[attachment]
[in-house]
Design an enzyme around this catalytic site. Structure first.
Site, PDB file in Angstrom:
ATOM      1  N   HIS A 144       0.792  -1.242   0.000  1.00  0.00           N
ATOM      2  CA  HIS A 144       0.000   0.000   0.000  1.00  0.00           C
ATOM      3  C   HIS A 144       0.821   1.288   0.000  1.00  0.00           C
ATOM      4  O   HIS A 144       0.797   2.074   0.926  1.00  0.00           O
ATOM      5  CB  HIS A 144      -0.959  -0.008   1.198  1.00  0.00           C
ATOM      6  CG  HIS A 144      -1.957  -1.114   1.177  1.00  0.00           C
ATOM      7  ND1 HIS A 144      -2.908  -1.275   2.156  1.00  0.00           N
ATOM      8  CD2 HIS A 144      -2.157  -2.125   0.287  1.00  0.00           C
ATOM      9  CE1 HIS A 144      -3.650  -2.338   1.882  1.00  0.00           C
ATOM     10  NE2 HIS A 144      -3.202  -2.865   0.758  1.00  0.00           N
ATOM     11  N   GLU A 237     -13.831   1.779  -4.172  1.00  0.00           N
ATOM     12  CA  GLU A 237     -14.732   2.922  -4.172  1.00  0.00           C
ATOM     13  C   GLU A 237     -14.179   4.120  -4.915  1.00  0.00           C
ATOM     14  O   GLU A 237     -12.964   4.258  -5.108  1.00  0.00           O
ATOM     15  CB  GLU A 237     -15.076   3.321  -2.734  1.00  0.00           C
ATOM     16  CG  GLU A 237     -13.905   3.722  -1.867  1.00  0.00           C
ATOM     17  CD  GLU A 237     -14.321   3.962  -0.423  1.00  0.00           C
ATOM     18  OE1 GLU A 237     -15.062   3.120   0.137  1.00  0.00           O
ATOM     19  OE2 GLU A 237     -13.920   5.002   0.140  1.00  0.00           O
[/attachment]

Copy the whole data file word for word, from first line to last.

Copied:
[in-house]
Design an enzyme around this catalytic site. Structure first.
Site, PDB file in Angstrom:
ATOM      1  N   HIS A 144       0.792  -1.242   0.000  1.00  0.00           N
ATOM      2  CA  HIS A 144       0.000   0.000   0.000  1.00  0.00           C
ATOM      3  C   HIS A 144       0.821   1.288   0.000  1.00  0.00           C
ATOM      4  O   HIS A 144       0.797   2.074   0.926  1.00  0.00           O
ATOM      5  CB  HIS A 144      -0.959  -0.008   1.198  1.00  0.00           C
ATOM      6  CG  HIS A 144      -1.957  -1.114   1.177  1.00  0.00           C
ATOM      7  ND1 HIS A 144      -2.908  -1.275   2.156  1.00  0.00           N
ATOM      8  CD2 HIS A 144      -2.157  -2.125   0.287  1.00  0.00           C
ATOM      9  CE1 HIS A 144      -3.650  -2.338   1.882  1.00  0.00           C
ATOM     10  NE2 HIS A 144      -3.202  -2.865   0.758  1.00  0.00           N
ATOM     11  N   GLU A 237     -13.831   1.779  -4.172  1.00  0.00           N
ATOM     12  CA  GLU A 237     -14.732   2.922  -4.172  1.00  0.00           C
ATOM     13  C   GLU A 237     -14.179   4.120  -4.915  1.00  0.00           C
ATOM     14  O   GLU A 237     -12.964   4.258  -5.108  1.00  0.00           O
ATOM     15  CB  GLU A 237     -15.076   3.321  -2.734  1.00  0.00           C
ATOM     16  CG  GLU A 237     -13.905   3.722  -1.867  1.00  0.00           C
ATOM     17  CD  GLU A 237     -14.321   3.962  -0.423  1.00  0.00           C
ATOM     18  OE1 GLU A 237     -15.062   3.120   0.137  1.00  0.00           O
ATOM     19  OE2 GLU A 237     -13.920   5.002   0.140  1.00  0.00           O